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In this revisionist study of Roman imperialism in the Greek world, Gruen considers the Hellenistic context within which Roman expansion took place. The evidence discloses a preponderance of Greek rather than Roman ideas: a noteworthy readiness on the part of Roman policymakers to adjust to Hellenistic practices rather than to impose a system of their own.
After the Roman empire fell, medieval Europe continued to be fascinated by Rome itself, 'the Chief of Cities', once the centre of the empire, including its history, its buildings, and above all its early Christian martyrs, and the papacy, central to the western Latin church. This book explores ways in which the city itself was preserved, envisioned, and transformed not only by its residents, but also by the many pilgrims who flocked to Rome, and by northern European cultures (in particular, the Irish and English) who imagined and imitated the city as they understood it.
"Perverting the Promised Land," while historically significant, for the new research and documents also serves to summarize for the reader the entire Jesuit tableau: from the inception of the order by Ignatius Loyola in 1541, its vows and oaths; the bloody trail of deceits and treacheries it spawned across Europe; its influences on the Third Reich of Hitler, into its present day influences on American military incursions into the Middle East. This book provides a structure by which readers may assess the modern day state of education, especially in regards to history; how the media is constantly distorted to present a strategically pro-Vatican world view; that the modern day "Protestant" Christian churches have been co-opted by the Vatican through its emissaries, the Jesuits, and led down the path of war and idolatry by the Catholic-led "Christian Right." Indeed, in many respects, we can see the outlines of prophecy presented in "Perverting the Promised Land" Wilcox makes Bill O'Reilly look like an amateur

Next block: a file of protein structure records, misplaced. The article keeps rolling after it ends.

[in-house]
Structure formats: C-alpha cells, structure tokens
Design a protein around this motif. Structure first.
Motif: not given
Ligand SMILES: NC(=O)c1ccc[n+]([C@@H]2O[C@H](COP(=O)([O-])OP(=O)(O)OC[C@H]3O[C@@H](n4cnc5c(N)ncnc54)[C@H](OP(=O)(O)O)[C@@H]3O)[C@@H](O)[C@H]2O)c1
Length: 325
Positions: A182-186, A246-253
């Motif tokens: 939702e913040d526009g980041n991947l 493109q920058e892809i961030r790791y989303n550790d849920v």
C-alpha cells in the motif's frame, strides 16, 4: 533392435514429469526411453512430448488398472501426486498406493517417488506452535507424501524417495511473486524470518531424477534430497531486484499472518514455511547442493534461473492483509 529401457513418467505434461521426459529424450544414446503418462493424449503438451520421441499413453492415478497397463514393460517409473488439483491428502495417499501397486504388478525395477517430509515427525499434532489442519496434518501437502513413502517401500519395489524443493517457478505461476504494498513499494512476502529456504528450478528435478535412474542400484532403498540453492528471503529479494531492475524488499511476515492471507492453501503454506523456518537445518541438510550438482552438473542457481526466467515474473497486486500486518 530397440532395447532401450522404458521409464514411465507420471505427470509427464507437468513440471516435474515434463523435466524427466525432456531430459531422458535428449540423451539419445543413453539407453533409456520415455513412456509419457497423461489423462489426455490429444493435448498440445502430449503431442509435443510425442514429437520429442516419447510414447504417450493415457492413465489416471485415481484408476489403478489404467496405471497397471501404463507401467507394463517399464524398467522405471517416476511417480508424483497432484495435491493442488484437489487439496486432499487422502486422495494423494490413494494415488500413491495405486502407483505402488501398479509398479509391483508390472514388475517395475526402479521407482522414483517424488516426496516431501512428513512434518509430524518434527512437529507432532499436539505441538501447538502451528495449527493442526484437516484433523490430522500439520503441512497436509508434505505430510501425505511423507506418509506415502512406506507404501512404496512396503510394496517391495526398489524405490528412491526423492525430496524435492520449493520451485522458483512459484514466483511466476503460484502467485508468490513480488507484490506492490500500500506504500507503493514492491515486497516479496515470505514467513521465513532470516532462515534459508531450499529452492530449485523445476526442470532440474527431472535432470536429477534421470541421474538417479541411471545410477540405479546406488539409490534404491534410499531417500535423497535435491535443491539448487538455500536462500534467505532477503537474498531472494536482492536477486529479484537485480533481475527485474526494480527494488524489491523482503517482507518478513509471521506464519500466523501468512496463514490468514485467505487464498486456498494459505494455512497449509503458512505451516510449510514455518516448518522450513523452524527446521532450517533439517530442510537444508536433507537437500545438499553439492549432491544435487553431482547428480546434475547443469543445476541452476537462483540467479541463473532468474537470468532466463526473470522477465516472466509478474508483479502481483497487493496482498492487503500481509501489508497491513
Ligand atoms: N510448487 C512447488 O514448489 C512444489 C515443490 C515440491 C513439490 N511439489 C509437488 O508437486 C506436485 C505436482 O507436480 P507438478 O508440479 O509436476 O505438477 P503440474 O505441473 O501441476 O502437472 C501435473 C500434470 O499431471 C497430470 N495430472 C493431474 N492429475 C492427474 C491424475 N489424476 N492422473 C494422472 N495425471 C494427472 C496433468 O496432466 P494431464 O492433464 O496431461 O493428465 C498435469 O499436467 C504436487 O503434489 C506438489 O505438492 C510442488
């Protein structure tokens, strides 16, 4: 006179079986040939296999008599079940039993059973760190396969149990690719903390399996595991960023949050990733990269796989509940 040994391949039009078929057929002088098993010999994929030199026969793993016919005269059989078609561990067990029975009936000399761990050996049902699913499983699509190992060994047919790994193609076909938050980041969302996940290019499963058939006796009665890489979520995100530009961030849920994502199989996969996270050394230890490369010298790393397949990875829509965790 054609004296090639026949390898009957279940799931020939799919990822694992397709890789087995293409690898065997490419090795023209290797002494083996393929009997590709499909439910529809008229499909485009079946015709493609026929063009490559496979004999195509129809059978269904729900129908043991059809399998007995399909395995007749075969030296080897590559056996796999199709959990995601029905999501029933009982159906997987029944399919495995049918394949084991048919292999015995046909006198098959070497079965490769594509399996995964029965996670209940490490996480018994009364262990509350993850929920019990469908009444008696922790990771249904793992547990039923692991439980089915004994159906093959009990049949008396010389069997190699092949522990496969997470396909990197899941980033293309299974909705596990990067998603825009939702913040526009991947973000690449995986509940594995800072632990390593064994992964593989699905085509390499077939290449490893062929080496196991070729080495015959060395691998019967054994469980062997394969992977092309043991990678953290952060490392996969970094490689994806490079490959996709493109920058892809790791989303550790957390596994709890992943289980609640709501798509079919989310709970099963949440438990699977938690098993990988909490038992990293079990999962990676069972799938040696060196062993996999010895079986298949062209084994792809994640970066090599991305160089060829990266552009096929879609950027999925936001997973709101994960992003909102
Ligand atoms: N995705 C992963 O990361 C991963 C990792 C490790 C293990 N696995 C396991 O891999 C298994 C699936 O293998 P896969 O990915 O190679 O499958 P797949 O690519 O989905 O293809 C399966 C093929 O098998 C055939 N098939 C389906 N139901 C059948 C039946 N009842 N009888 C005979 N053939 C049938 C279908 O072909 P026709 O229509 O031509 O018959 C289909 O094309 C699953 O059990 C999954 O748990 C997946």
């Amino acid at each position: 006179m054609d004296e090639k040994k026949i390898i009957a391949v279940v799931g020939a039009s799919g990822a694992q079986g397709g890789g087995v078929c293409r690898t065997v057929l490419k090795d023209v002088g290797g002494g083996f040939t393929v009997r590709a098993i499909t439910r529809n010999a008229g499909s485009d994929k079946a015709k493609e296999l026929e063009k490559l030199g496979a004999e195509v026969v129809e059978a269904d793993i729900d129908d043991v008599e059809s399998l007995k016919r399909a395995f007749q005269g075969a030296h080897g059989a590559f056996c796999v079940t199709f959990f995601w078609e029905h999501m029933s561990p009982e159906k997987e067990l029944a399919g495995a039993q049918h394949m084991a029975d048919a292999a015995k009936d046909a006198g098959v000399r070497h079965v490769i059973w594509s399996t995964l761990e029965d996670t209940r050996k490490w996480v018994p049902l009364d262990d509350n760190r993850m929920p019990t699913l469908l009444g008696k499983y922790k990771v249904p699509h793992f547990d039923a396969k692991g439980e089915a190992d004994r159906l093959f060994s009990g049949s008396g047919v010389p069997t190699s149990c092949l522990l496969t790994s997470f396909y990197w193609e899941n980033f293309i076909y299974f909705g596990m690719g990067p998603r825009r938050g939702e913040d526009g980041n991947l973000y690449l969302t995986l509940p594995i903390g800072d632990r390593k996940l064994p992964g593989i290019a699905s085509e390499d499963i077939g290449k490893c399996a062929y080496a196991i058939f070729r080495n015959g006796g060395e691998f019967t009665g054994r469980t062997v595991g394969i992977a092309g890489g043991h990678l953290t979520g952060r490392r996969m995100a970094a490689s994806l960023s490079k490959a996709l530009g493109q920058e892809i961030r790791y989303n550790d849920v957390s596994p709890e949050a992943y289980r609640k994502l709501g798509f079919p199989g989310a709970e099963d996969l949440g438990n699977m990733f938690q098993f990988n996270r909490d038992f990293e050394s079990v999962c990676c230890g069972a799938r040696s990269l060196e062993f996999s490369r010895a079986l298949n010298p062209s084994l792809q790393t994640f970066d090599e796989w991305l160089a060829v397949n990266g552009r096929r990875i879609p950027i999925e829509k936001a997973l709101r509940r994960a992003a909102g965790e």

The spectacle of death, exemplified by the games in the Colosseum in Rome and other coliseums, effected Roman civilization and culture by introducing death as sport and entertainment. Death games led to institutionalized violence and a savage industry that produced economic gains by profiting from murder and mayhem.
Machiavelli's New Modes and Orders is the only full-length interpretive study on Machiavelli's controversial and ambiguous work, Discourses on Livy. These discourses, considered by some to be Machiavelli's most important work, are thoroughly explained in a chapter-by-chapter commentary by Harvey C. Mansfield, one of the world's foremost interpreters of this remarkable philosopher. Mansfield's aim is to discern Machiavelli's intention in writing the book: he argues that Machiavelli wanted to introduce new modes and orders in political philosophy in order to make himself the founder of modern politics. Mansfield maintains that Machiavelli deliberately concealed part of his intentions so that only the most perceptive reader could see beneath the surface of the text and understand the whole of his book. Previously out of print, Mansfield's penetrating study brings to light the hidden thoughts lurking in the details of the Discourses on Livy to inform and challenge its readers at every step along the way.

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